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Thread: Help with waterfall design

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    Mad Scientist DarkSoul's Avatar
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    Help with waterfall design

    I'm setting up a terrarium for some flytraps, sundews and maybe a pitcher or two in a 20 gallon aquarium. I'm not doing anything incredibly fancy but would like to include a waterfall with a pond fogger at the top.

    I've made "enclosures" for the water pump, and the fogger and will have those in place when the silicone cures. The setup will basically look something like this (without me holding it )






    I have some great stuff foam, and some sanded morter and wanted to have a simplistic waterfall that won't cause problems for the plants (IE killing them) if possible even growing live moss on the waterfall/rocks itself.

    Does anyone have any tips or pointers on how I should approach this? I would like it to look somewhat realistic but I would like to avoid painting it with anything and stick to using things only safe for carnivorous plants.

    I've been searching and haven't seen a design that resembles what I have in mind (see pics) so I'm really just looking for some guidance here.

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    Mad Scientist DarkSoul's Avatar
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    One thing I thought of;

    The boxes themselves will be secured to the aquarium, I need to build the waterfall around the boxes and have that portion removeable.

    How can I prevent the expanding foam from sticking to the glass and plexiglass?

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    ermahgerd petmantis's Avatar
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    Nice concept, but I would avoid growing flytraps (and Sarracenia, if that's what you mean by pitcher plants) long-term in a terrarium. Unless, of course, you have really great lights, in which case you could get away with it; maybe even with great results!

    I can't offer ideas on how to prevent the foam from sticking, but perhaps someone here has done something similar! Anyway, good luck with the setup!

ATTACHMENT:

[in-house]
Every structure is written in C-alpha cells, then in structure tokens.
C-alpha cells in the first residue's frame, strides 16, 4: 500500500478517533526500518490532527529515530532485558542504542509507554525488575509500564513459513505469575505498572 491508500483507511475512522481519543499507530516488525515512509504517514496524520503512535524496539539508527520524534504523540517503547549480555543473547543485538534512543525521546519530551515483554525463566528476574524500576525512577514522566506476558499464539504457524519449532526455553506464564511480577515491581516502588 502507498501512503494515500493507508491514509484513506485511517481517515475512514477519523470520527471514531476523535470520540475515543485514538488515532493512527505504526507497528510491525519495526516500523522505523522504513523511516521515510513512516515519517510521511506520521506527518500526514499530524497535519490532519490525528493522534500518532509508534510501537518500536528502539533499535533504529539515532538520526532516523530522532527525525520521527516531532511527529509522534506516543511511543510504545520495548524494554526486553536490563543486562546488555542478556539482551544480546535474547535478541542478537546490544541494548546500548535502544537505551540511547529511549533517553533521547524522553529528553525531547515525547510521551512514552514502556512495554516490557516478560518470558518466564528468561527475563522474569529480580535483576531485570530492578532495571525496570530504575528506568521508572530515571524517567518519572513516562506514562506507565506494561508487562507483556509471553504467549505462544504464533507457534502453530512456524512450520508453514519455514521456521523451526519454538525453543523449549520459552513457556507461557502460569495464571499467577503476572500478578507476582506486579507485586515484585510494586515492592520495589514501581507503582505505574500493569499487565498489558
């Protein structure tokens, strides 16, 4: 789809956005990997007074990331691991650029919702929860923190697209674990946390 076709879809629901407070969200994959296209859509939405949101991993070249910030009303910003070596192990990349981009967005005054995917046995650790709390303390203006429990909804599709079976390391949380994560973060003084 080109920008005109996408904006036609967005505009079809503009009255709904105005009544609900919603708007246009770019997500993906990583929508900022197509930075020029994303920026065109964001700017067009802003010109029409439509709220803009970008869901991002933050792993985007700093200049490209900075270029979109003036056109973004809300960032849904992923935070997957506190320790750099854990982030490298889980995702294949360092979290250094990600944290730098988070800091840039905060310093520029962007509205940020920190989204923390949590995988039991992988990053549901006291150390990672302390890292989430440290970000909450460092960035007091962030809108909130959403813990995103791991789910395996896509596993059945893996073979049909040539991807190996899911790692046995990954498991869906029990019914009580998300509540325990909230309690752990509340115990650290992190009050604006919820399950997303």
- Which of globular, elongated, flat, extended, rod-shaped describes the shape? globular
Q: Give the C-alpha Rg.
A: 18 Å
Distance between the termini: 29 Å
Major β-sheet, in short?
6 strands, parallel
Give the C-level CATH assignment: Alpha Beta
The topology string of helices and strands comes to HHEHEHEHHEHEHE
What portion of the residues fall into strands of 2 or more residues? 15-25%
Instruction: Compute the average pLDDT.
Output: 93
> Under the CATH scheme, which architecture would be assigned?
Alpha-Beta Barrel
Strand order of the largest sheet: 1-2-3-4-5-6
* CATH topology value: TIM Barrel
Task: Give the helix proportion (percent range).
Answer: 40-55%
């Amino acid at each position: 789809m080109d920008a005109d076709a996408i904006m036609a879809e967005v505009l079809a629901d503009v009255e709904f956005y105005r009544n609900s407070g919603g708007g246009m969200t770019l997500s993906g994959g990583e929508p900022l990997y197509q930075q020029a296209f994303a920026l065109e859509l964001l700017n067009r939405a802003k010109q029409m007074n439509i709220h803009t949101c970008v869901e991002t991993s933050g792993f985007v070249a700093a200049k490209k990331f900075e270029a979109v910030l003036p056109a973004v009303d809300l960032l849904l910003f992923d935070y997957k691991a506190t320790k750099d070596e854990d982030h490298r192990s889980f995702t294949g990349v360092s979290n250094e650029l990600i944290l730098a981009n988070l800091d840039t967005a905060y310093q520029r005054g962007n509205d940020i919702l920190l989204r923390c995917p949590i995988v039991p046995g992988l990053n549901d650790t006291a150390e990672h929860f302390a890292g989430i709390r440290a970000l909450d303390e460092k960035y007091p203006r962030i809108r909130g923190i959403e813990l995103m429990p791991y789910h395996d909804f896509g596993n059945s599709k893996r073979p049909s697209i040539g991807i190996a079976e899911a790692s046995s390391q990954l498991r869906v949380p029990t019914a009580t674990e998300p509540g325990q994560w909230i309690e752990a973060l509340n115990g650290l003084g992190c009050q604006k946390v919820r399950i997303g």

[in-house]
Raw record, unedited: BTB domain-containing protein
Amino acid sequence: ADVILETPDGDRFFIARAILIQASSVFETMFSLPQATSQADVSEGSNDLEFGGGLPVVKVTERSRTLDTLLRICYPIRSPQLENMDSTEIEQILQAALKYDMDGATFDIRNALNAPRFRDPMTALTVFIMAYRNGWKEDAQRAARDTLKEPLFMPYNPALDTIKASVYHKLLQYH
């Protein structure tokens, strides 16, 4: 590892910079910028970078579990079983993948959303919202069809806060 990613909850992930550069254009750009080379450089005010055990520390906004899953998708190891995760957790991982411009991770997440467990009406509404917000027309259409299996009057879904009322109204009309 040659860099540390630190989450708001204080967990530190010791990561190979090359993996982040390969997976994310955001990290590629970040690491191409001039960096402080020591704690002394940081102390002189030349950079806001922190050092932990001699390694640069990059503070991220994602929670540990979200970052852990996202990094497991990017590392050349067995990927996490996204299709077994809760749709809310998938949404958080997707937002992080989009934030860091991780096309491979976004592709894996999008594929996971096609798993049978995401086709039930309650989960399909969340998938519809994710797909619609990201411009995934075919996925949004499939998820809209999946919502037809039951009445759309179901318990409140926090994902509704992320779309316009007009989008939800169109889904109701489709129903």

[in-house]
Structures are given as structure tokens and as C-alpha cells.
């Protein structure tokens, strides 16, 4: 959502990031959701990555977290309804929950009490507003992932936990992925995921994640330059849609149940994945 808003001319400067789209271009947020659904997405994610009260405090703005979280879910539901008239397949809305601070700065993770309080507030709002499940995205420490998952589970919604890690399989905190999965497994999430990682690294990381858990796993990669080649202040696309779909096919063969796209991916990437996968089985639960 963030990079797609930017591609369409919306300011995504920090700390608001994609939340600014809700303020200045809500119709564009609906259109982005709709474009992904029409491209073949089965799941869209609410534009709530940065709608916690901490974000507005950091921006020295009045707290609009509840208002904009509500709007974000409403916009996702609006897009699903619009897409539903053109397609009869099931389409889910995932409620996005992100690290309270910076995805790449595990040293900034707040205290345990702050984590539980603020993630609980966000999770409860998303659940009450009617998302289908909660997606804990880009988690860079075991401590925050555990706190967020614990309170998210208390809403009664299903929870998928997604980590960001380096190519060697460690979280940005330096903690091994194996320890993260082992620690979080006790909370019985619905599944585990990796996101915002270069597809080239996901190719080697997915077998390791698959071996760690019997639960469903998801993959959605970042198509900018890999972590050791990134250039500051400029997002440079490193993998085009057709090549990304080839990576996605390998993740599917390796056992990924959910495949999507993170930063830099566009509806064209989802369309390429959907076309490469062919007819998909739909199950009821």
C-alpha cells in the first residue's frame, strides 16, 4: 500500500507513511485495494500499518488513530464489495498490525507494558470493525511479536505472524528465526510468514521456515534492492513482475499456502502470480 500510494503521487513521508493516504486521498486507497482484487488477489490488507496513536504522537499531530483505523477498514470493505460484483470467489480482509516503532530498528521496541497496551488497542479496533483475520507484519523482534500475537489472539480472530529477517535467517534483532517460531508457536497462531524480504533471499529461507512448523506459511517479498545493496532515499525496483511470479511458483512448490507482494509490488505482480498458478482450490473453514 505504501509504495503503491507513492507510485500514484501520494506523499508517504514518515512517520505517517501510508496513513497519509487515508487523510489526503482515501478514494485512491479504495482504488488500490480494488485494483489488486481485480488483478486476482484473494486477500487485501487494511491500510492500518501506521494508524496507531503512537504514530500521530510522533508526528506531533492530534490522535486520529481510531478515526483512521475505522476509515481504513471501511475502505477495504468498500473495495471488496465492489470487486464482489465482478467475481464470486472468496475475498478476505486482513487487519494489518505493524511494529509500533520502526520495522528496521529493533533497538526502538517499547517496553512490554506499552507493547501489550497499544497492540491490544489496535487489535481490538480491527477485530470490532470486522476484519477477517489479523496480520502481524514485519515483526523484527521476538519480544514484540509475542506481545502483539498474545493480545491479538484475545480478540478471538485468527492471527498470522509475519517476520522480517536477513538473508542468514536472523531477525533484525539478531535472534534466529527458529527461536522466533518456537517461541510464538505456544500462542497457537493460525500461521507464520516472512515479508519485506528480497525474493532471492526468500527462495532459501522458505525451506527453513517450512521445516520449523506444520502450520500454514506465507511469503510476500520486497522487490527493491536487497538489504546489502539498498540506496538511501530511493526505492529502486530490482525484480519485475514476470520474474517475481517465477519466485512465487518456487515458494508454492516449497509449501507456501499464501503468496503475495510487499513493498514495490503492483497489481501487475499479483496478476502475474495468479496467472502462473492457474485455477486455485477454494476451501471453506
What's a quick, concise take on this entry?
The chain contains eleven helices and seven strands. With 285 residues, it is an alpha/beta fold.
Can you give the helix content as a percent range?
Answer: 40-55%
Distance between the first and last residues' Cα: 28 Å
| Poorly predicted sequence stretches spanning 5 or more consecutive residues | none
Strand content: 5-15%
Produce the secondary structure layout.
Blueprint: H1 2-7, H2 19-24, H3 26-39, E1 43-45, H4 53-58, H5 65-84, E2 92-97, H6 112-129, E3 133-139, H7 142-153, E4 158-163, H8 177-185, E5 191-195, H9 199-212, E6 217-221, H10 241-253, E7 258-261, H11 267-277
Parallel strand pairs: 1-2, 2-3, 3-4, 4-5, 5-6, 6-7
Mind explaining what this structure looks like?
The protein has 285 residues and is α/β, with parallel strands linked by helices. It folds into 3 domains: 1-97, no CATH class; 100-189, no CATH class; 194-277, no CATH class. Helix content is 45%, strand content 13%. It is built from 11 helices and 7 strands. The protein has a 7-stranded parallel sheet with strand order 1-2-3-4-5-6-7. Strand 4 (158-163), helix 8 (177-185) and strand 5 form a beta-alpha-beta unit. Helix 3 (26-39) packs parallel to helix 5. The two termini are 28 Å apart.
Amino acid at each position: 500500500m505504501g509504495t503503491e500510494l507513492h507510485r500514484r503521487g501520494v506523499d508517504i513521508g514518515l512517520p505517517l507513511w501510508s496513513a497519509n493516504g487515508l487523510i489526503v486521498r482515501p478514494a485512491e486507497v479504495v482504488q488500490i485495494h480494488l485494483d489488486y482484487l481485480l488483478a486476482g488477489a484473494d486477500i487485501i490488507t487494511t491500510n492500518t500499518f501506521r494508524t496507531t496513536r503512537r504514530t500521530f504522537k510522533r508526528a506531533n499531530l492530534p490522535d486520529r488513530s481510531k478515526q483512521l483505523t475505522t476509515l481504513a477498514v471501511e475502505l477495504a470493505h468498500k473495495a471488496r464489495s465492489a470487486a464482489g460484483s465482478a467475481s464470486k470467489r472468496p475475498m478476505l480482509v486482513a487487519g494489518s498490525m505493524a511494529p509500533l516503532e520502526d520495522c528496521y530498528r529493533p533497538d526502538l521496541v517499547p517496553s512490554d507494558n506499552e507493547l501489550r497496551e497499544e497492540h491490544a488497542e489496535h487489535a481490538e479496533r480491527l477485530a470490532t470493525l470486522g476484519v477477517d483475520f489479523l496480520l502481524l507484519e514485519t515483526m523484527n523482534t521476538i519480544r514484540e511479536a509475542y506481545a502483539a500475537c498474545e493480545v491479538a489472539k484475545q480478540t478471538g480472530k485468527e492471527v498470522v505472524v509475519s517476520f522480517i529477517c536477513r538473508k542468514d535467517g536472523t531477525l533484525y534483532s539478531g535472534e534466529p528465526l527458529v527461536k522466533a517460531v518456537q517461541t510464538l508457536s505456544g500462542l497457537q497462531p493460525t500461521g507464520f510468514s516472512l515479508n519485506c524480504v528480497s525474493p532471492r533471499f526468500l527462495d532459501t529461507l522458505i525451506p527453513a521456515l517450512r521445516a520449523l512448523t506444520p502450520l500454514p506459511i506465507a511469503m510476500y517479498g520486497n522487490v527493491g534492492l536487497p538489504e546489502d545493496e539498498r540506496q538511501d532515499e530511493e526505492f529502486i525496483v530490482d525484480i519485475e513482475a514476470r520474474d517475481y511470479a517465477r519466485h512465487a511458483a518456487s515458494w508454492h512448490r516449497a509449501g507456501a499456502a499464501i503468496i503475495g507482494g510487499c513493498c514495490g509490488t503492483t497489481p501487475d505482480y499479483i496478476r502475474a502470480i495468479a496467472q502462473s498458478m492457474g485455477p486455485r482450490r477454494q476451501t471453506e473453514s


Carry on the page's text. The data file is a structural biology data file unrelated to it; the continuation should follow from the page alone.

<Heli> How are you guys losing your hamatas?
    <Brokken> Heli: The hamburglar.

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    dueoka's Avatar
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    I had to create a expanding foam ball for something, and used a glass container with plastic wrap, then sprayed in the foam. It was so long ago, I'm pretty sure it came right out clinging to the plastic wrap, but I would test using plastic wrap on something expendable. Not sure how I took off the plastic wrap.

    Otherwise, maybe non stick PAM?
    -Arthur

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    Mad Scientist DarkSoul's Avatar
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    Well because the flytraps require a dormancy what I may do for those is just keep those in the pots and have holes in the dirt that the pots can sit into.

    As for the lighting, I have a 24" dual T5 fixture, bright as all get out. I will be picking up a second one next month and they are bright. They fit perfectly in vinyl rain gutter as a hood too, so light shouldn't be too big of a concern, I may also have room for a third totalling 6 T5 bulbs across the top of the tank.

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    Mad Scientist DarkSoul's Avatar
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    One thing I've been thinking here that may or may not be a problem is the water return to the resivoir.

    The bottom "box" where the pump is has 3 rows of 1/4" holes drilled in it now to allow water to return to it from the dirt. But I'm thinking it will take longer for the water to run through the soil and back to the resivoir than the pump needs so it may end up running dry frequently.

    basically the substrate will need to be totally soaked to keep water flowing. Would this cause a problem for the plants? They grow in bogs so I wouldn't think that having completely saturated soil would be a problem.

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    Mad Scientist DarkSoul's Avatar
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    Well I got a foam mountain made around the resivoirs. I'm not really sure how to carve it like rock though, but at the same time I'm half considering covering it in silicone and dirt to make it just look like a hill, but I prefer rocks because then I only need to use grout.

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